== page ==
Incumbent faces challenger in only contested board race

Two candidates are running in the only contested election for the Seminole County School Board.

Two candidates are running in the only contested election for the Seminole County School Board. The winner will represent district 3 — a southwestern chunk of the county — but will be elected countywide when voters go to the polls Aug. 18.

Abby Sanchez, who is completing her first term on the board, is being challenged for her seat by Veronica King.

Seminole school board members earned about $41,500 this year and serve four-year terms. Amy Pennock, who represents district 4, is also up for election this year but has no challenger.

Who they are

King, 45, who lives in Altamonte Springs, works for the mayor of Eatonville and is making her first bid for elected office. She is a longtime community volunteer for organizations such as the National Coalition of 100 Black Women. She is the mother of two grown children who attended Seminole’s public schools.

Sanchez, 53, who lives in Longwood, is a former teacher who left the classroom when she won a seat on the board. She’d taught for more than 25 years, and had also been a longtime PTA member and school volunteer, before running in 2016. She is the mother of three grown children who attended Seminole schools.

Where they stand

King said she has always been “a public servant by heart” and is eager to put her energies to work for the public school system. “I’ve always given back to the community,” she said.

The board has no Black members, and King said the “time is right” for that. “School boards are supposed to reflect the diversity of the community,” she said.

If elected, King said she would work to improve how schools deal with the family and health issues that can impact student behavior and academic performance and to make sure that parents whose children need special-education services can access them easily. Her son needed them, she said, and it felt “more of a fight than an accommodation.”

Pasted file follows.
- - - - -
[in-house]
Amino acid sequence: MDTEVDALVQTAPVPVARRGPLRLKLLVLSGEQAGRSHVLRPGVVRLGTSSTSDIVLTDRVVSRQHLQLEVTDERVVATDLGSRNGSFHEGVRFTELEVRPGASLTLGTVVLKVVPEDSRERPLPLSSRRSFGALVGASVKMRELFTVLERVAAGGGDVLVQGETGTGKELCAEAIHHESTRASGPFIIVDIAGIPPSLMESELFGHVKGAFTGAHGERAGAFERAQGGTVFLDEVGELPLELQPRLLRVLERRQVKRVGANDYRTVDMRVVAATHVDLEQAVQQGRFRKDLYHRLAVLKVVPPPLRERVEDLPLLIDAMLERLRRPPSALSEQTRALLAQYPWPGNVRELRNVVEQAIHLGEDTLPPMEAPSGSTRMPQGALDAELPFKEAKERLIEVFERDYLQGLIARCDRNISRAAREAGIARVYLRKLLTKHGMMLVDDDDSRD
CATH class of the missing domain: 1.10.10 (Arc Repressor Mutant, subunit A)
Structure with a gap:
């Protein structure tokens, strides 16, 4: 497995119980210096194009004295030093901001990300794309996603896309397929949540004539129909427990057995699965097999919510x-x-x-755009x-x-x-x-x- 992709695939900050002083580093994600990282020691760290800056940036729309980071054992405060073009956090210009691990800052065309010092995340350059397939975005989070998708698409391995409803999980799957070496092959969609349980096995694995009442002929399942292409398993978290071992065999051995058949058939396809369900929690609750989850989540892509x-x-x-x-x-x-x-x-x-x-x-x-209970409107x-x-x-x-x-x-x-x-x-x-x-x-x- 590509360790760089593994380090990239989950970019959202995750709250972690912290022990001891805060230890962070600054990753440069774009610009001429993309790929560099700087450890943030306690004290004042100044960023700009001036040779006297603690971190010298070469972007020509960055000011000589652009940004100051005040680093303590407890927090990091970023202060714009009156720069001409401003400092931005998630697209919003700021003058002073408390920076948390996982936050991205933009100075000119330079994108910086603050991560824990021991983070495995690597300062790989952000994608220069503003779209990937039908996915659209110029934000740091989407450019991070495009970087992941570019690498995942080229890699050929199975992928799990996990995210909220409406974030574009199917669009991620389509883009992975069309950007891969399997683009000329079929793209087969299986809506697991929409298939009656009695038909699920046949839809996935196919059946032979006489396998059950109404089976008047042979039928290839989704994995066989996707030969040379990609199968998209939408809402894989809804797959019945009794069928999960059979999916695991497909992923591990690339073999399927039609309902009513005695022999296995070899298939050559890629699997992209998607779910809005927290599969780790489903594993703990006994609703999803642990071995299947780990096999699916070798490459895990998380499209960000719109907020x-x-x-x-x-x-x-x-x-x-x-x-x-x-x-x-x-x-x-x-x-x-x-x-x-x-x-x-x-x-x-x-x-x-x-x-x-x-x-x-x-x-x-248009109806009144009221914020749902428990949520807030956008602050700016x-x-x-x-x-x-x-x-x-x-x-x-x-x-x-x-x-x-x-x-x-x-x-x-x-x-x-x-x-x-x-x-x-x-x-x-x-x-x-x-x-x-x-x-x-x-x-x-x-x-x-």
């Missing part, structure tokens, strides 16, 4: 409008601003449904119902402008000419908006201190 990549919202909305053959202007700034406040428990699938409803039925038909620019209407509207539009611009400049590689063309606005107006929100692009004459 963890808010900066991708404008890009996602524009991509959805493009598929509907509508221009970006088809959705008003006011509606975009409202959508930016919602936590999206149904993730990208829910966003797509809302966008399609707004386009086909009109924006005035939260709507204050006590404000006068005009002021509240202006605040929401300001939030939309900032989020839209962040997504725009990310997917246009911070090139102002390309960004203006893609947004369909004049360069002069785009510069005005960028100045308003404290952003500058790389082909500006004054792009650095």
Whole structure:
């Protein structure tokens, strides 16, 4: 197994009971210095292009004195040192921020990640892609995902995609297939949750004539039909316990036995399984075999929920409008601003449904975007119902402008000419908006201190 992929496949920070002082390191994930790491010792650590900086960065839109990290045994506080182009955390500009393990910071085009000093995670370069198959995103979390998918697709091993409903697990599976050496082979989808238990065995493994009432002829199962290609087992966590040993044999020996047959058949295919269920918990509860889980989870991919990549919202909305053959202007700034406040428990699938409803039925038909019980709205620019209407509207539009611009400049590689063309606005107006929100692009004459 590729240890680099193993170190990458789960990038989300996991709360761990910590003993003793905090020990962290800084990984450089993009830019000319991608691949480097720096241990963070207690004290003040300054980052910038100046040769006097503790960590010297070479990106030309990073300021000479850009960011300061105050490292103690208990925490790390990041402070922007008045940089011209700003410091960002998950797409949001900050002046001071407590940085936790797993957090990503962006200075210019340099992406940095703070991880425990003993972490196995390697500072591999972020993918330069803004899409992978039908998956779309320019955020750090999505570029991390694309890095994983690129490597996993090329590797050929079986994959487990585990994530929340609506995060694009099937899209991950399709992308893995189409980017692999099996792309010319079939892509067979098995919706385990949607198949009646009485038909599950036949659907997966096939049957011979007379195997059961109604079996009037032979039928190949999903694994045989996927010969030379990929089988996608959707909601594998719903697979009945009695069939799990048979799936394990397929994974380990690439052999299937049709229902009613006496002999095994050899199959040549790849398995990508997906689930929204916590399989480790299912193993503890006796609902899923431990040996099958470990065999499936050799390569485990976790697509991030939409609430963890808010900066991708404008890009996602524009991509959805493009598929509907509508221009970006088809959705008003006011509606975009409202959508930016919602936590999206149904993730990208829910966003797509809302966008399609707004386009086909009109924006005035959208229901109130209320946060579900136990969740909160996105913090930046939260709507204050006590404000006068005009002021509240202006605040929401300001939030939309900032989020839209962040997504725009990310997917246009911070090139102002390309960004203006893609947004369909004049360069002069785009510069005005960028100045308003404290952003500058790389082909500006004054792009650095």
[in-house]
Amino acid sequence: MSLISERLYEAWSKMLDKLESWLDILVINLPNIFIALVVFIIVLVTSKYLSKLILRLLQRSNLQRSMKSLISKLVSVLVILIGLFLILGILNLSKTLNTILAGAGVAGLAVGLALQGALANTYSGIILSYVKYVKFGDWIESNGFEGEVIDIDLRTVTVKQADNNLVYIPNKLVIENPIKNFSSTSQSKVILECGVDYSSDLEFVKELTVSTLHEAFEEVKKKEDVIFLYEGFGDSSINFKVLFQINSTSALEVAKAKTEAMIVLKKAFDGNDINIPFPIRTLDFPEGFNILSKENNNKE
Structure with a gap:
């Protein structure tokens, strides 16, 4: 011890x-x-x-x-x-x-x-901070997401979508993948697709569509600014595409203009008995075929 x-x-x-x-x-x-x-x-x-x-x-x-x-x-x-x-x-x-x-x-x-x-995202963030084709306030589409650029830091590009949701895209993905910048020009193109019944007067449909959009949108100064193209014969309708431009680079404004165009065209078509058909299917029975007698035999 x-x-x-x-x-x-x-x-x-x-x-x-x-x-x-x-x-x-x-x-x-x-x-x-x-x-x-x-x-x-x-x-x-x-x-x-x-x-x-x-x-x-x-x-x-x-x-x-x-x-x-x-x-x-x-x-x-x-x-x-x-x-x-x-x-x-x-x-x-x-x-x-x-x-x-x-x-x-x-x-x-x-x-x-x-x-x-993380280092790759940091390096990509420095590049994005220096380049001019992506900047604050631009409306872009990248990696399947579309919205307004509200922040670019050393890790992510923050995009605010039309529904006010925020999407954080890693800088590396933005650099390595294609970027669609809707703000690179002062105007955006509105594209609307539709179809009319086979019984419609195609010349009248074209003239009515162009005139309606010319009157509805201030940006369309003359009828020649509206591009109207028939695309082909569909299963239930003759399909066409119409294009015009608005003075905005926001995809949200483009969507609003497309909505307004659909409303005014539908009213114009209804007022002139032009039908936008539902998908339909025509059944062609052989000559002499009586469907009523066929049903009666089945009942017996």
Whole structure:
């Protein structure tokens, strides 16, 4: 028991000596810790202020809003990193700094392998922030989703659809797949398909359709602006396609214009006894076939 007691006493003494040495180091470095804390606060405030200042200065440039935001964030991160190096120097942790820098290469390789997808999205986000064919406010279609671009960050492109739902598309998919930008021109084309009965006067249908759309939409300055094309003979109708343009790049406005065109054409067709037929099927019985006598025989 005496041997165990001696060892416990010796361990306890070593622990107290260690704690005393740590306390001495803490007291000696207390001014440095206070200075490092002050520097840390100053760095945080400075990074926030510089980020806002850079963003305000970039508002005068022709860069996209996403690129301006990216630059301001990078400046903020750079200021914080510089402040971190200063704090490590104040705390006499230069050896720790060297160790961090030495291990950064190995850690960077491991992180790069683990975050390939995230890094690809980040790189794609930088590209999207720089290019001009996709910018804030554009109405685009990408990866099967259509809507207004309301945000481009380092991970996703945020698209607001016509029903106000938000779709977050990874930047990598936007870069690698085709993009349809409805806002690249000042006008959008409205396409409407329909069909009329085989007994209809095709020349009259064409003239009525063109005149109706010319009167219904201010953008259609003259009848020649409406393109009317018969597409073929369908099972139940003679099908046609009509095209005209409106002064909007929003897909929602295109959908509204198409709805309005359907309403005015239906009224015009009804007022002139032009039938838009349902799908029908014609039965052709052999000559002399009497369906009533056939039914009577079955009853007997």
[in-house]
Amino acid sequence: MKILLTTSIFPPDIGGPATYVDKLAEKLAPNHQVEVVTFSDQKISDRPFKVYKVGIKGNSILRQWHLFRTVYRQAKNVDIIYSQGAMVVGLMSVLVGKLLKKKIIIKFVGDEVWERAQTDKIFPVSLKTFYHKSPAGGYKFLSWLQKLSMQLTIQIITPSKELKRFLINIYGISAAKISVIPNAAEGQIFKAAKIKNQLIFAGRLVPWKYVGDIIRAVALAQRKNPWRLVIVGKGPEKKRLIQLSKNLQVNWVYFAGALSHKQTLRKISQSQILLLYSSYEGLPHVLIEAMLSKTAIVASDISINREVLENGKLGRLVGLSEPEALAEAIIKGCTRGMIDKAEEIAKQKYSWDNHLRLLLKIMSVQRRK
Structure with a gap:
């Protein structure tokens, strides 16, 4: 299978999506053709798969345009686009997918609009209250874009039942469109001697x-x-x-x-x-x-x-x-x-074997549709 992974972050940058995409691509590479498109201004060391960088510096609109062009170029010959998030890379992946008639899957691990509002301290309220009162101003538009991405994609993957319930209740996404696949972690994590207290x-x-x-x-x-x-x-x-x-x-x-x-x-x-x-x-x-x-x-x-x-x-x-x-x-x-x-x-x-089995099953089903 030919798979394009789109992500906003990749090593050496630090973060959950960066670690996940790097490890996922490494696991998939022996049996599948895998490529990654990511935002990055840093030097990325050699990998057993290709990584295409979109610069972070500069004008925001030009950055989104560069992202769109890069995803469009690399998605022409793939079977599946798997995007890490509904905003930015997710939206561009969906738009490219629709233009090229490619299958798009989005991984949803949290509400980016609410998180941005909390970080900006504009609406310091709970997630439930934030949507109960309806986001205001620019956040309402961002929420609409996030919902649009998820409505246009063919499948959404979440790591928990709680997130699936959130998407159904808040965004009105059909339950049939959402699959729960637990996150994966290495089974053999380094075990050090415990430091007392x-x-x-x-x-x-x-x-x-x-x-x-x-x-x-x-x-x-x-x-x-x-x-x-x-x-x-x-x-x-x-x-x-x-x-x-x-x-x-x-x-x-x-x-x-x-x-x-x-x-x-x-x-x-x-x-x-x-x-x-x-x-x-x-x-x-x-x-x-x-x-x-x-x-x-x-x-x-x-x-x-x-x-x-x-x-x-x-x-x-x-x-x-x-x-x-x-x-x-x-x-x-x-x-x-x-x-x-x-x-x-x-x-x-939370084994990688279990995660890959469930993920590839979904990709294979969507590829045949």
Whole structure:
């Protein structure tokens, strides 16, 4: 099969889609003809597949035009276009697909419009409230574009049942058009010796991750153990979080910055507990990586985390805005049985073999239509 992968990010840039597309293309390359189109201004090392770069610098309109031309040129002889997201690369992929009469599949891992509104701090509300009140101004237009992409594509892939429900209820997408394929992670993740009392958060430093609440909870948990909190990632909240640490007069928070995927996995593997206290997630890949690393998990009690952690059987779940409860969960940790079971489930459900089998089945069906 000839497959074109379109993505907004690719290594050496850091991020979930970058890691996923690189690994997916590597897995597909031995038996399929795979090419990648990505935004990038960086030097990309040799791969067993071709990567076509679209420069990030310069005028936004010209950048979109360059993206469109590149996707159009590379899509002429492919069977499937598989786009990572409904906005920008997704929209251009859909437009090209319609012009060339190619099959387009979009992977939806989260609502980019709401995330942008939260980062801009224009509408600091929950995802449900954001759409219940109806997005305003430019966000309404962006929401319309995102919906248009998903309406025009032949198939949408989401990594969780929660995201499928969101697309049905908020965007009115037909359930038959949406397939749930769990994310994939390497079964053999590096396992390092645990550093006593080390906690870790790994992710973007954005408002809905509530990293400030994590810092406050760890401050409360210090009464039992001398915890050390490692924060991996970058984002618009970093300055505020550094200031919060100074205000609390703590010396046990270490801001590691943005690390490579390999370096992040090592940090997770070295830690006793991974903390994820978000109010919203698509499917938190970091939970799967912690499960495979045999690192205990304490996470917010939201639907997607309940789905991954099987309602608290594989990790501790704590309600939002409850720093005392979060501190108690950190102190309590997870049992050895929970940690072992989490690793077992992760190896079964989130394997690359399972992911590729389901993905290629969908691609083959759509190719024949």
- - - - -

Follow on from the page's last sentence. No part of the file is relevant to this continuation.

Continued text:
She’d also work to make sure school district hiring and promotion policies were free of bias and to find ways to boost teacher pay. “I think our teachers are wonderful. They have made sacrifices.”

Sanchez said she ran four years ago because she was convinced the school board needed a teacher who understood and could share with district leaders the challenges faced in the classroom. She remains passionate about that role, she said. “I can be a voice for the teachers. They open up to me, and they’re able to share their concerns,” she added.

Sanchez said, if re-elected, would continue her push for the expansion of career and technical programs that help students not planning on college, for more mental health services for students and for pay raises for all teachers, not just those covered by the money earmarked to boost the minimum salary to $47,500.

She’d also continue her support for a reduction in testing and a focus on all aspects of student development. “I want a balanced child. I think social skills are extremely important,” she said.

Since her election, Sanchez said she has worked hard to make herself accessible to parents and to regularly meet with groups of students to gather their thoughts. “I don’t stop,” she said.

How they differ

Sanchez voted with the majority of the Seminole school board to open campuses on Aug. 17 for parents who wanted face-to-face instruction for their children. Because of coronavirus concerns, board members decided to offer parents options, so they could choose to have their kids back on campus or to study at home through an online program.

Sanchez said at the meeting that the decision “scares the daylights out of me” but she felt the board had little choice, because of the state’s order requiring in-person classes start in August. “I’m not happy about it,” she said just before casting a yes vote.

King said she did not think it was safe to open campuses next month, even though she knows that some parents need schools in session in order to be able to work. Though recently married, she raised her children as a single mother and said she feels for those in that situation.

But she said “health and safety” comes first. “I still wouldn’t have voted in favor it. I feel like we’re putting lives at risk,” she added.

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